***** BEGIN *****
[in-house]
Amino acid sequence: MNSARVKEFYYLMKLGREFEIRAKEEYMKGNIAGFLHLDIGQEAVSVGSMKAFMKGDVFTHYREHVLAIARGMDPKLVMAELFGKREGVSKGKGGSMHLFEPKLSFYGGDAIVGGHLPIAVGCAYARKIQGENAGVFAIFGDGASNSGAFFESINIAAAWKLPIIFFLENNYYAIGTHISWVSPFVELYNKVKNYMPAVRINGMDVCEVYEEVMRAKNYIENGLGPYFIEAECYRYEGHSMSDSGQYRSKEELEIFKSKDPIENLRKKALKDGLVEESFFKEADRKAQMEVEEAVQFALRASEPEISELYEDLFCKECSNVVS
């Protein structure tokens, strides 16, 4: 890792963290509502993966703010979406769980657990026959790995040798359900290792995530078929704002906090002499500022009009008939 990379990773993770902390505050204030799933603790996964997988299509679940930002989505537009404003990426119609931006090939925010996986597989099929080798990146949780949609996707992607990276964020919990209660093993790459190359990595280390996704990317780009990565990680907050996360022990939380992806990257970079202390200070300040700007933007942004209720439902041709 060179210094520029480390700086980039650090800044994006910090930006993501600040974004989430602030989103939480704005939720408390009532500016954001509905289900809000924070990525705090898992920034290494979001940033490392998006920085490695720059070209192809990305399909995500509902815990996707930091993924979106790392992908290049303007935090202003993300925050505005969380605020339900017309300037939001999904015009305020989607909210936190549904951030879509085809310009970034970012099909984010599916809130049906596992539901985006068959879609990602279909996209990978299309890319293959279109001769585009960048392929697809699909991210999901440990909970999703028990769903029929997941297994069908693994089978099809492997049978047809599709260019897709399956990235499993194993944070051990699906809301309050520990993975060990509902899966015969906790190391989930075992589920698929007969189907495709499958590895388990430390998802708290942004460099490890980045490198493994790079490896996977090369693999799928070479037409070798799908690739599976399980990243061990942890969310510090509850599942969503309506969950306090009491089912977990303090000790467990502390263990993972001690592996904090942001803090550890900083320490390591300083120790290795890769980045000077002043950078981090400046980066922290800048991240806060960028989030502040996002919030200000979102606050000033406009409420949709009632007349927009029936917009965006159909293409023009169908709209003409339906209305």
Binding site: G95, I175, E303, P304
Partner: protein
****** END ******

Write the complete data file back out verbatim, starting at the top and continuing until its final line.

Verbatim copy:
[in-house]
Amino acid sequence: MNSARVKEFYYLMKLGREFEIRAKEEYMKGNIAGFLHLDIGQEAVSVGSMKAFMKGDVFTHYREHVLAIARGMDPKLVMAELFGKREGVSKGKGGSMHLFEPKLSFYGGDAIVGGHLPIAVGCAYARKIQGENAGVFAIFGDGASNSGAFFESINIAAAWKLPIIFFLENNYYAIGTHISWVSPFVELYNKVKNYMPAVRINGMDVCEVYEEVMRAKNYIENGLGPYFIEAECYRYEGHSMSDSGQYRSKEELEIFKSKDPIENLRKKALKDGLVEESFFKEADRKAQMEVEEAVQFALRASEPEISELYEDLFCKECSNVVS
């Protein structure tokens, strides 16, 4: 890792963290509502993966703010979406769980657990026959790995040798359900290792995530078929704002906090002499500022009009008939 990379990773993770902390505050204030799933603790996964997988299509679940930002989505537009404003990426119609931006090939925010996986597989099929080798990146949780949609996707992607990276964020919990209660093993790459190359990595280390996704990317780009990565990680907050996360022990939380992806990257970079202390200070300040700007933007942004209720439902041709 060179210094520029480390700086980039650090800044994006910090930006993501600040974004989430602030989103939480704005939720408390009532500016954001509905289900809000924070990525705090898992920034290494979001940033490392998006920085490695720059070209192809990305399909995500509902815990996707930091993924979106790392992908290049303007935090202003993300925050505005969380605020339900017309300037939001999904015009305020989607909210936190549904951030879509085809310009970034970012099909984010599916809130049906596992539901985006068959879609990602279909996209990978299309890319293959279109001769585009960048392929697809699909991210999901440990909970999703028990769903029929997941297994069908693994089978099809492997049978047809599709260019897709399956990235499993194993944070051990699906809301309050520990993975060990509902899966015969906790190391989930075992589920698929007969189907495709499958590895388990430390998802708290942004460099490890980045490198493994790079490896996977090369693999799928070479037409070798799908690739599976399980990243061990942890969310510090509850599942969503309506969950306090009491089912977990303090000790467990502390263990993972001690592996904090942001803090550890900083320490390591300083120790290795890769980045000077002043950078981090400046980066922290800048991240806060960028989030502040996002919030200000979102606050000033406009409420949709009632007349927009029936917009965006159909293409023009169908709209003409339906209305």
Binding site: G95, I175, E303, P304
Partner: protein